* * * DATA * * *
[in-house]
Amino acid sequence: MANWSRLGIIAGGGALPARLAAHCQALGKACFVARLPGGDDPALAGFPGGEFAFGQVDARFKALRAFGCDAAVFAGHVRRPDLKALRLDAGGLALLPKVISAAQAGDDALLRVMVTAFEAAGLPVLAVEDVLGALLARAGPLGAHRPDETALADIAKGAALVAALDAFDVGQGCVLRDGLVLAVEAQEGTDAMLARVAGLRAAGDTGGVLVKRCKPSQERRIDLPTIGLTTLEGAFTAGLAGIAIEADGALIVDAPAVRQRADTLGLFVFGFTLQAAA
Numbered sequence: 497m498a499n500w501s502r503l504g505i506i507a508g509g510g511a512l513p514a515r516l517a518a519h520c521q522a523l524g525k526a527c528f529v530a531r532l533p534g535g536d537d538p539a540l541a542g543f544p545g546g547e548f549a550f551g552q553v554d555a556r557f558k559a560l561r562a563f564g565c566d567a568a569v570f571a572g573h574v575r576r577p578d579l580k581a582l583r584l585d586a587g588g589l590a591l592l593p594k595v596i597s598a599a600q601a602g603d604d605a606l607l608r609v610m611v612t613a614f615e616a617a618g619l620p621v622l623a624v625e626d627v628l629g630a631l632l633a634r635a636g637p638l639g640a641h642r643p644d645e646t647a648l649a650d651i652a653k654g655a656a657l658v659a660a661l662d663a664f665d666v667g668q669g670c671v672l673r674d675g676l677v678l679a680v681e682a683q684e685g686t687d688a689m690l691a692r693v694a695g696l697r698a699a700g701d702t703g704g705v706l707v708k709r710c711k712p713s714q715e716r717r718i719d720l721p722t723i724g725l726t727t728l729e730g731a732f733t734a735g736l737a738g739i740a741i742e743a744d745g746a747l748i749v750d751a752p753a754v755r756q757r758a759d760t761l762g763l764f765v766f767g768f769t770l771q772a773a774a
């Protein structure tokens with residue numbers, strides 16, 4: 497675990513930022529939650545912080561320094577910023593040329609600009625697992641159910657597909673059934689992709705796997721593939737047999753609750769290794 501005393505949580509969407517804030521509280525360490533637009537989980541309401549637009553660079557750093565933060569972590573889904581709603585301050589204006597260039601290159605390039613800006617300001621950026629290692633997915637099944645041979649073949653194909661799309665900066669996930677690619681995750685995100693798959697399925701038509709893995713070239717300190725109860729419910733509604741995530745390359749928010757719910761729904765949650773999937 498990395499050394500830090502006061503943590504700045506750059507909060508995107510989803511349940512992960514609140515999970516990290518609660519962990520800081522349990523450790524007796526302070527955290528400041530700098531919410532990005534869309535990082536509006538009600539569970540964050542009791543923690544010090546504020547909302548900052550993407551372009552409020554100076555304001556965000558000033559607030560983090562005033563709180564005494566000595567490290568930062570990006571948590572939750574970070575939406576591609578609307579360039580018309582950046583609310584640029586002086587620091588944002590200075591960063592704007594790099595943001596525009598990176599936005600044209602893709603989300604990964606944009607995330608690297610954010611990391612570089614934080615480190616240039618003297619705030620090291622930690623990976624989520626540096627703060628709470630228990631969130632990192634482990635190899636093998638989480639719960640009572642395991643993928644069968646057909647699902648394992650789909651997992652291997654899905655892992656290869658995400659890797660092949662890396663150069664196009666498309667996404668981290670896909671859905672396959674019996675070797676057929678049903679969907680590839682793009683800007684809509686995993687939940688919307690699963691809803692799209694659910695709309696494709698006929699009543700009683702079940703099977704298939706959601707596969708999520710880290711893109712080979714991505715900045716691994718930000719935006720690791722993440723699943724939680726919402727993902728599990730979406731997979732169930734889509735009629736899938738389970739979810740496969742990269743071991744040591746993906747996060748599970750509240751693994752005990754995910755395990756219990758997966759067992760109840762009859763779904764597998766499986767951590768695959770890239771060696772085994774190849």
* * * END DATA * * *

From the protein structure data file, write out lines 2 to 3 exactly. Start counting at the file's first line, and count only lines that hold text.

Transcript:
Amino acid sequence: MANWSRLGIIAGGGALPARLAAHCQALGKACFVARLPGGDDPALAGFPGGEFAFGQVDARFKALRAFGCDAAVFAGHVRRPDLKALRLDAGGLALLPKVISAAQAGDDALLRVMVTAFEAAGLPVLAVEDVLGALLARAGPLGAHRPDETALADIAKGAALVAALDAFDVGQGCVLRDGLVLAVEAQEGTDAMLARVAGLRAAGDTGGVLVKRCKPSQERRIDLPTIGLTTLEGAFTAGLAGIAIEADGALIVDAPAVRQRADTLGLFVFGFTLQAAA
Numbered sequence: 497m498a499n500w501s502r503l504g505i506i507a508g509g510g511a512l513p514a515r516l517a518a519h520c521q522a523l524g525k526a527c528f529v530a531r532l533p534g535g536d537d538p539a540l541a542g543f544p545g546g547e548f549a550f551g552q553v554d555a556r557f558k559a560l561r562a563f564g565c566d567a568a569v570f571a572g573h574v575r576r577p578d579l580k581a582l583r584l585d586a587g588g589l590a591l592l593p594k595v596i597s598a599a600q601a602g603d604d605a606l607l608r609v610m611v612t613a614f615e616a617a618g619l620p621v622l623a624v625e626d627v628l629g630a631l632l633a634r635a636g637p638l639g640a641h642r643p644d645e646t647a648l649a650d651i652a653k654g655a656a657l658v659a660a661l662d663a664f665d666v667g668q669g670c671v672l673r674d675g676l677v678l679a680v681e682a683q684e685g686t687d688a689m690l691a692r693v694a695g696l697r698a699a700g701d702t703g704g705v706l707v708k709r710c711k712p713s714q715e716r717r718i719d720l721p722t723i724g725l726t727t728l729e730g731a732f733t734a735g736l737a738g739i740a741i742e743a744d745g746a747l748i749v750d751a752p753a754v755r756q757r758a759d760t761l762g763l764f765v766f767g768f769t770l771q772a773a774a